New help for the hungry

HOWLAND – While growing up in the Warren area, Scott Cluckey understood all too well the problems associated with being poor and barely scraping by.

One of six children, the 30-year-old Warren G. Harding High School graduate watched as tough conversations ensued regarding which bills would be paid that month.

“There were times where we wondered if the utilities were going to be shut off or where food was going to come from,” Cluckey said during an interview at his Howland home. “We didn’t even have a house phone when I was growing up.”

Those trying moments brought on by poverty motivated Cluckey to do whatever it takes to provide an easier life for his children when the time came.

“I knew there had to be something out there that could be better than that,” Cluckey said. “I couldn’t settle for that kind of life.”

Now, with seven children of his own, he is making sure to create an easier road not just for his large family, but for people across the Valley and beyond.

Cluckey is the founder and president of Smart Choice Food Source program, distributing discounted food boxes to residents looking to save money on groceries.

The program began in December 2010, and originally focused on feeding about 30 families through Solid Rock Christian Church in Masury, where Cluckey serves as a pastor.

It got an unexpected boost, however, when another, larger food program – Angel Food Ministries – closed its doors.

“I never looked at them as a competitor or anything, because we were just a little tiny food program in Northeast Ohio,” Cluckey said of the program that operated in more than 44 states.

However, the closure created a void in the realm of discounted grocery options for families.

“When I started this, I wasn’t really looking to do that kind of large operation,” Cluckey said. “But, when Angel Food Ministries closed, we started getting calls from distributors asking what we thought about expanding. We decided to go ahead and do it.”

Cluckey teamed up with Atlantic Foods Corp. in Cincinnati to handle heavier traffic. Since the partnership, Smart Choice has expanded to feeding between 2,600 to 3,000 families in 10 states.

“It’s starting to pick up,” Cluckey said. “I always tell people we’re probably the best kept secret on saving money for food.”

The program works by disseminating menus across its website and through partnering churches which act as distribution conduits. The food boxes vary in price and there are no income requirements for customers.

Currently, six churches in Trumbull and Mahoning counties work as distributors for the program.

Linda Lemay, with Simon Road Church of God in Boardman, said the food is of a higher quality than people might expect.

“It’s very good, actually,” Lemay said. “We haven’t gotten any complaints at all.”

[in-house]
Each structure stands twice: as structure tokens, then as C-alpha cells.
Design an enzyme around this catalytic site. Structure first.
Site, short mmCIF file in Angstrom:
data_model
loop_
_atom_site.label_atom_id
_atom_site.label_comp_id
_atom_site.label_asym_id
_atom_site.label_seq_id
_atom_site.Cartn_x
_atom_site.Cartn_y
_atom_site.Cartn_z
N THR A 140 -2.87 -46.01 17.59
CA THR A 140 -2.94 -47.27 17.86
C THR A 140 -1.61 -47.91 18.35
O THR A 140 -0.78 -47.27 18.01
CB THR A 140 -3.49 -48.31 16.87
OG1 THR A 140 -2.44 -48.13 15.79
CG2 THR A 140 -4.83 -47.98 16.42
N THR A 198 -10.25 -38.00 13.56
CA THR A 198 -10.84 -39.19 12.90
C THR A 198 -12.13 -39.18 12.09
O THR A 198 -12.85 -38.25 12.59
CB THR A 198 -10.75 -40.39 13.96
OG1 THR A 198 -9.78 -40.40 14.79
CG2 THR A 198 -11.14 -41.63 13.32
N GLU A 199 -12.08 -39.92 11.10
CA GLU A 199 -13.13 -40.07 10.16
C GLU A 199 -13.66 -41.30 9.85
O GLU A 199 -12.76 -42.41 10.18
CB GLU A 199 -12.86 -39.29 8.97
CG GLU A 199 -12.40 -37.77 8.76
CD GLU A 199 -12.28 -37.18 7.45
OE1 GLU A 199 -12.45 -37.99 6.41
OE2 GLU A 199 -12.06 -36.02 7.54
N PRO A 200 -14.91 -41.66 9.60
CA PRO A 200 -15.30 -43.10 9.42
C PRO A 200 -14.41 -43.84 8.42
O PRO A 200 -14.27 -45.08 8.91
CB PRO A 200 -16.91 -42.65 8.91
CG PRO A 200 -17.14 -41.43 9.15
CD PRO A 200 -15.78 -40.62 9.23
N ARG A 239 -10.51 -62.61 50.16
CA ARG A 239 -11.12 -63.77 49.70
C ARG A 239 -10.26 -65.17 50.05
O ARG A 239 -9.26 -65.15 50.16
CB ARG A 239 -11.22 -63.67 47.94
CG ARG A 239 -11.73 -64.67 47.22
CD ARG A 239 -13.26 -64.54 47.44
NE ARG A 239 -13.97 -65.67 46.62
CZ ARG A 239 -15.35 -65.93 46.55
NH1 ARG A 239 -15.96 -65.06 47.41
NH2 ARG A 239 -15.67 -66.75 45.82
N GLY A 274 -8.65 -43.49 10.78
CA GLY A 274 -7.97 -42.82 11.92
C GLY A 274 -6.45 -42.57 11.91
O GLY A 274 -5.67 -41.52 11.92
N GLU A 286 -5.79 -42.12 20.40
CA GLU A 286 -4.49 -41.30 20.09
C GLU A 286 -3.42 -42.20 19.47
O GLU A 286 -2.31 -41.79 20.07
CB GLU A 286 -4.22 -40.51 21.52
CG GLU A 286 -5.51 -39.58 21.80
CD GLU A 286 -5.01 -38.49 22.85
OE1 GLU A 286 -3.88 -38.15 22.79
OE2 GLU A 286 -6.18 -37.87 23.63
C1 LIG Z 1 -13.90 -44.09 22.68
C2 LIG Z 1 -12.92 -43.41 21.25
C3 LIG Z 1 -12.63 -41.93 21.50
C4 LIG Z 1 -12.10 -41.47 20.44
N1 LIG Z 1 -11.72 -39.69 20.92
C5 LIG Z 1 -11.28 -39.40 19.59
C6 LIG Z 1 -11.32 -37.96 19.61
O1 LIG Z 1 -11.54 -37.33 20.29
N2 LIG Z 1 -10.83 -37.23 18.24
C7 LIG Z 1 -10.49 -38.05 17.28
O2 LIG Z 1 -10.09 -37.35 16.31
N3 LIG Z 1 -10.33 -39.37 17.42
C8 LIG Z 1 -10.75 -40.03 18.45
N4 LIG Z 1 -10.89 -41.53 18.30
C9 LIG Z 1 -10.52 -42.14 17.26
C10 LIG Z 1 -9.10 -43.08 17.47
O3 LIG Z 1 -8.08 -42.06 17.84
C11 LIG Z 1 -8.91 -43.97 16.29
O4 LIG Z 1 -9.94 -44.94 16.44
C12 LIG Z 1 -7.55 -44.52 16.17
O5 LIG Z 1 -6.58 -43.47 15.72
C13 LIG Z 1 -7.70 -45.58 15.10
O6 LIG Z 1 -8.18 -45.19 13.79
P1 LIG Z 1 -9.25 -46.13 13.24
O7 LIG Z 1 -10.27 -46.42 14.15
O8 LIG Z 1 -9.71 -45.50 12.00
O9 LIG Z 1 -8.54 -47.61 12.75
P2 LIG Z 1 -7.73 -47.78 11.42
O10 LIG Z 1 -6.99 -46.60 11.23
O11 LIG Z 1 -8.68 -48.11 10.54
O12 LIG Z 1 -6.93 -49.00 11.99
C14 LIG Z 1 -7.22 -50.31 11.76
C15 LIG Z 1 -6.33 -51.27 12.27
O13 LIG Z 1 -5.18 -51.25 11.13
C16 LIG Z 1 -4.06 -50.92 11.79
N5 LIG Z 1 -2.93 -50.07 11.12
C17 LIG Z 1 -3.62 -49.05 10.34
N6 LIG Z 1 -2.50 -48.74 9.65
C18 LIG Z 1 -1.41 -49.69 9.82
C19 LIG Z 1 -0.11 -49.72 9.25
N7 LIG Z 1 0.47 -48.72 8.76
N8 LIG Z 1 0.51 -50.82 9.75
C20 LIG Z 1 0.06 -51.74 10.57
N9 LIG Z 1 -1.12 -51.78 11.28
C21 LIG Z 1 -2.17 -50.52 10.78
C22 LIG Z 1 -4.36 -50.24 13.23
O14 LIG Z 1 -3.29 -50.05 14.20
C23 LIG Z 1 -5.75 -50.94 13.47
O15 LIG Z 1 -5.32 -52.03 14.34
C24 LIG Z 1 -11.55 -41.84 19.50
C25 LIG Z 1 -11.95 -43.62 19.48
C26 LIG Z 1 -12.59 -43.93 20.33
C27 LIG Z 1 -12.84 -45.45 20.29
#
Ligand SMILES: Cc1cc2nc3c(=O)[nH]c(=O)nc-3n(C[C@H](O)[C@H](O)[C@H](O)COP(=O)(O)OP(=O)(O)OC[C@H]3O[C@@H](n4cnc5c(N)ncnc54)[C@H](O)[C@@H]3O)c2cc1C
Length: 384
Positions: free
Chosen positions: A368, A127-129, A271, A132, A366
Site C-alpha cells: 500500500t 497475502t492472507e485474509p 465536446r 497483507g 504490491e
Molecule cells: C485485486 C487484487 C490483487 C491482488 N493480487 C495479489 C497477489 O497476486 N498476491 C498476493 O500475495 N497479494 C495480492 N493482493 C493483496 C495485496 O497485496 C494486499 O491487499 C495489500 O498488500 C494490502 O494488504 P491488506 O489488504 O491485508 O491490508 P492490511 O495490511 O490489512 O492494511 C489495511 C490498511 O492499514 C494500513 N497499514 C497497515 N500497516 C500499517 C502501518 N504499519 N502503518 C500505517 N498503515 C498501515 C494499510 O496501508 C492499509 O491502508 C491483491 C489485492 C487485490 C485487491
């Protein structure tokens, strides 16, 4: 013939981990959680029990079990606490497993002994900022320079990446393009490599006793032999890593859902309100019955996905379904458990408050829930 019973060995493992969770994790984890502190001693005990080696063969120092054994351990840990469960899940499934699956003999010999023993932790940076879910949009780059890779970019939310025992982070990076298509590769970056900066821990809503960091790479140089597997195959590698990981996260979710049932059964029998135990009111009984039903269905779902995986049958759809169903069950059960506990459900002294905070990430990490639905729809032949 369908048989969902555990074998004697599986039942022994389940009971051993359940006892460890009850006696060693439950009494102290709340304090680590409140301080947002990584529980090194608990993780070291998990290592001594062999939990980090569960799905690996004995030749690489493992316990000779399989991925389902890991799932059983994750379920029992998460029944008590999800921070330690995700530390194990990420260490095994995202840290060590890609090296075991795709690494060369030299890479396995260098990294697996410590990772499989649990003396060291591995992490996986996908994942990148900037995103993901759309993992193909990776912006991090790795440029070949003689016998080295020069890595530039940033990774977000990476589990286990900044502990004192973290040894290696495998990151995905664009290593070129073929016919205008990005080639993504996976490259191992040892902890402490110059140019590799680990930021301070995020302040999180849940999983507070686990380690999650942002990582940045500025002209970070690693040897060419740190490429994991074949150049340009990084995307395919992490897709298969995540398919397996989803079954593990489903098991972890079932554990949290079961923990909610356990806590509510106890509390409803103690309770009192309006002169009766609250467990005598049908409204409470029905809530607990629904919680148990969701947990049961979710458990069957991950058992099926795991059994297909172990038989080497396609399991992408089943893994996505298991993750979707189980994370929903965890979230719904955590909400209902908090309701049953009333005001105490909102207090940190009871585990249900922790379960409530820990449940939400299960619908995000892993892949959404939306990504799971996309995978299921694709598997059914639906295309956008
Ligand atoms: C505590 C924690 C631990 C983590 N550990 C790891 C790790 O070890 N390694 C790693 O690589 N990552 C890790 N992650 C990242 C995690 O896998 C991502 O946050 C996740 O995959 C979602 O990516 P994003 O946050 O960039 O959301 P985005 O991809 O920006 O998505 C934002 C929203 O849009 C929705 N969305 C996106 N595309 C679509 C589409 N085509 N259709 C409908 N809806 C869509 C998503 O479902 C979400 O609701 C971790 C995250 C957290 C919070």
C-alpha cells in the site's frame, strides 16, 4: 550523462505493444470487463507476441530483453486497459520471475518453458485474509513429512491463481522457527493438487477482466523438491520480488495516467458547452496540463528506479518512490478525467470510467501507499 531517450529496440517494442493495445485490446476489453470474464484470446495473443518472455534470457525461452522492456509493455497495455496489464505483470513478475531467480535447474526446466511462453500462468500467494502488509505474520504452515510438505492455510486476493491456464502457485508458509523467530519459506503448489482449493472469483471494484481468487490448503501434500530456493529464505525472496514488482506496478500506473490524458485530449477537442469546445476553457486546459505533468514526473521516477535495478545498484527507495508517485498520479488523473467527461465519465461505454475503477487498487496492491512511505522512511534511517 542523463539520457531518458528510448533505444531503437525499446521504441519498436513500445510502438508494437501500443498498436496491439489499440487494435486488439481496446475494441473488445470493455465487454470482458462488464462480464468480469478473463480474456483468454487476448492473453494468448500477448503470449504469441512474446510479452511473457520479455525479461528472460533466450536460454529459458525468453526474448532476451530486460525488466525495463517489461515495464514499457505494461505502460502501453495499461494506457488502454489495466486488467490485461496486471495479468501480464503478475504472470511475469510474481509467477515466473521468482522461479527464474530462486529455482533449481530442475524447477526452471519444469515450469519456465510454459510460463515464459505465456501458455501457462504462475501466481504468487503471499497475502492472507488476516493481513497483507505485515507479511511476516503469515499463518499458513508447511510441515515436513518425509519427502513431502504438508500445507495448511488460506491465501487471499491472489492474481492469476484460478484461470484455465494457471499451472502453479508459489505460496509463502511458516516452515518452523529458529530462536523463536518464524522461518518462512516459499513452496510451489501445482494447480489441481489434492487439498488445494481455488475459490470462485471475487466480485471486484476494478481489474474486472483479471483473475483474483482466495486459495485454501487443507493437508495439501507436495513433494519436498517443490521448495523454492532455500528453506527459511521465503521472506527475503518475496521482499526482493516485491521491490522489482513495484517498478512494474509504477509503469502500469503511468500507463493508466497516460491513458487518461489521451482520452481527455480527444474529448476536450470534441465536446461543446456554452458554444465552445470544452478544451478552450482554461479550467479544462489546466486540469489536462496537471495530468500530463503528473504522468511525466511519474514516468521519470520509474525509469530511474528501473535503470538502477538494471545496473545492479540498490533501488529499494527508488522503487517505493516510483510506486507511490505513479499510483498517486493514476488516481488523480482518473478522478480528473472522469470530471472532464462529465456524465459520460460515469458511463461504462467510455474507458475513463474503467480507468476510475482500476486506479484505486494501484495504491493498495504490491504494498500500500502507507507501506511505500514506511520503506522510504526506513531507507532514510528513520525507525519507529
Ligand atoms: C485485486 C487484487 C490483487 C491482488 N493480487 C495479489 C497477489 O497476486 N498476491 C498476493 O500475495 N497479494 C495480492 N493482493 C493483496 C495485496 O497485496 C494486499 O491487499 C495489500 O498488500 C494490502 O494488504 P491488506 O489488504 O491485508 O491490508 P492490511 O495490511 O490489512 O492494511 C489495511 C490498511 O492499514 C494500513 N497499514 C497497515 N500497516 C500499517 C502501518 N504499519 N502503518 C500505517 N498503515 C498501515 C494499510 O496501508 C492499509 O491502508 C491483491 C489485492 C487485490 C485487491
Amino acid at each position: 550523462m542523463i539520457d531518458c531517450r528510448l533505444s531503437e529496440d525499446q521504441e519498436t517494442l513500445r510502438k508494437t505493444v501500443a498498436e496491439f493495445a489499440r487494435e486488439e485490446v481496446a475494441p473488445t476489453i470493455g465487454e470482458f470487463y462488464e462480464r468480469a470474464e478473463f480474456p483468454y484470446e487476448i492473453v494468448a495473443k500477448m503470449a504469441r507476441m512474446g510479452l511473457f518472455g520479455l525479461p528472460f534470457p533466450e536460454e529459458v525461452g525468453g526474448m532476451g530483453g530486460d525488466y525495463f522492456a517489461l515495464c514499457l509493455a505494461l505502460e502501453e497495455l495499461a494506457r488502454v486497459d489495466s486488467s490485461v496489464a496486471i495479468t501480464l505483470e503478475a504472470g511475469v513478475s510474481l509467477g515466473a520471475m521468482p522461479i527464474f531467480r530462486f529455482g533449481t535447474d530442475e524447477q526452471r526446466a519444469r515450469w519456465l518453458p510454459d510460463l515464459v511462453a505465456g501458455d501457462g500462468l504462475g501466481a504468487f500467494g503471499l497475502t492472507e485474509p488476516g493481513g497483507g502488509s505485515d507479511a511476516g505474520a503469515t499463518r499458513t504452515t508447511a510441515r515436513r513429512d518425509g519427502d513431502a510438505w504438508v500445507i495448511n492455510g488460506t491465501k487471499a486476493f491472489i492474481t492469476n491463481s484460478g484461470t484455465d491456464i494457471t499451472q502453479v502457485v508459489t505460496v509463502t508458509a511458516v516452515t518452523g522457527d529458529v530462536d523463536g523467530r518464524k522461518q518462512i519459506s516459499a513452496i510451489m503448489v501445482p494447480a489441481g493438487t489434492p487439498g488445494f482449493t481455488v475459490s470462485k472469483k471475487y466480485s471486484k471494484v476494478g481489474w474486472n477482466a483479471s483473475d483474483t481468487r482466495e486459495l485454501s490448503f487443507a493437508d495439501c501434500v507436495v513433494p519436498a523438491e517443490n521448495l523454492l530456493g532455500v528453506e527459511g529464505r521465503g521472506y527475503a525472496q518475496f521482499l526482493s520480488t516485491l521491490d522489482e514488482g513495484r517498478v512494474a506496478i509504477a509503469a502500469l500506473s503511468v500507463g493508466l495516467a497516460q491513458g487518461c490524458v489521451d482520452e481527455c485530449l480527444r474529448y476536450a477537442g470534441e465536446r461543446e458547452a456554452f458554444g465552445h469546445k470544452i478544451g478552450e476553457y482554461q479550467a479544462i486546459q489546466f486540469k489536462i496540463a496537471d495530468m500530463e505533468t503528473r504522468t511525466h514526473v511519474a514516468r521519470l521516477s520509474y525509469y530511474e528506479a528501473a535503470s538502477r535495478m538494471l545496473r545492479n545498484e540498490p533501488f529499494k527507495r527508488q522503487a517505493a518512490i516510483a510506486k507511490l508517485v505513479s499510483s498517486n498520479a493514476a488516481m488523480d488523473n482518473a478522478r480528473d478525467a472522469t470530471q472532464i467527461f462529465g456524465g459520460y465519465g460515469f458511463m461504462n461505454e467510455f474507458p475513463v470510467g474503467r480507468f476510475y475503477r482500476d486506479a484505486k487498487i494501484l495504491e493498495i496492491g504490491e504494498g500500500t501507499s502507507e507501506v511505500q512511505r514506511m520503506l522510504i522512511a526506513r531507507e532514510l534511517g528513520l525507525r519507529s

Lemay would like to see more people take advantage of the program. Her church fills about 10 orders each month. The churches receives $1 for each large box sold.

“We’re trying to let people know it’s out there,” Lemay said. “The more finances go down, the more people need the help.”

Judy Sutton of Smith Corners United Methodist Church in Canfield said her 45-person congregation averages about 15 orders per month.

“With RG Steel and other businesses closing, a lot of people are in need of some help. Actually, my husband is affected by the economy, too. The program helps because there aren’t any restrictions if they feel like you have too much income.”

One encounter in particular sticks with Cluckey as the reason he got involved in the program at the start.

“As we were carrying an elderly woman’s food boxes out to her car, she grabbed ahold of me and was just balling her eyes out,” Cluckey said. “She told me because I was able to find this and buy this, I’m actually able to take my medicine this month. I don’t have to choose between food and prescriptions or I don’t have to cut my pills in half anymore.

“When you hear that and you hear from people that are really in need, it makes you feel good about what you’re doing,” he said.

“That way everyone is on the same level,” Cluckey said. “Whether you’re a family who qualifies for assistance or not, everybody will get the same quality of food without sacrifice.”

From chicken breasts to steamed broccoli, many of the items available through Smart Choice are referred to as “seconds,” meaning foods set aside by large restaurant chains because they are slightly misshapen or they made too much of a product.

“We can’t necessarily use the name brand on our menu or for advertising, but a lot of our food might came from McDonalds, AppleBees and others,” Cluckey said. “They stack their chicken nuggets up and they all look exactly the same. If there are nuggets that are misshapen, they are kicked off of the line.

“It’s the same food and the same quality, just not exactly the right shape,” he continued.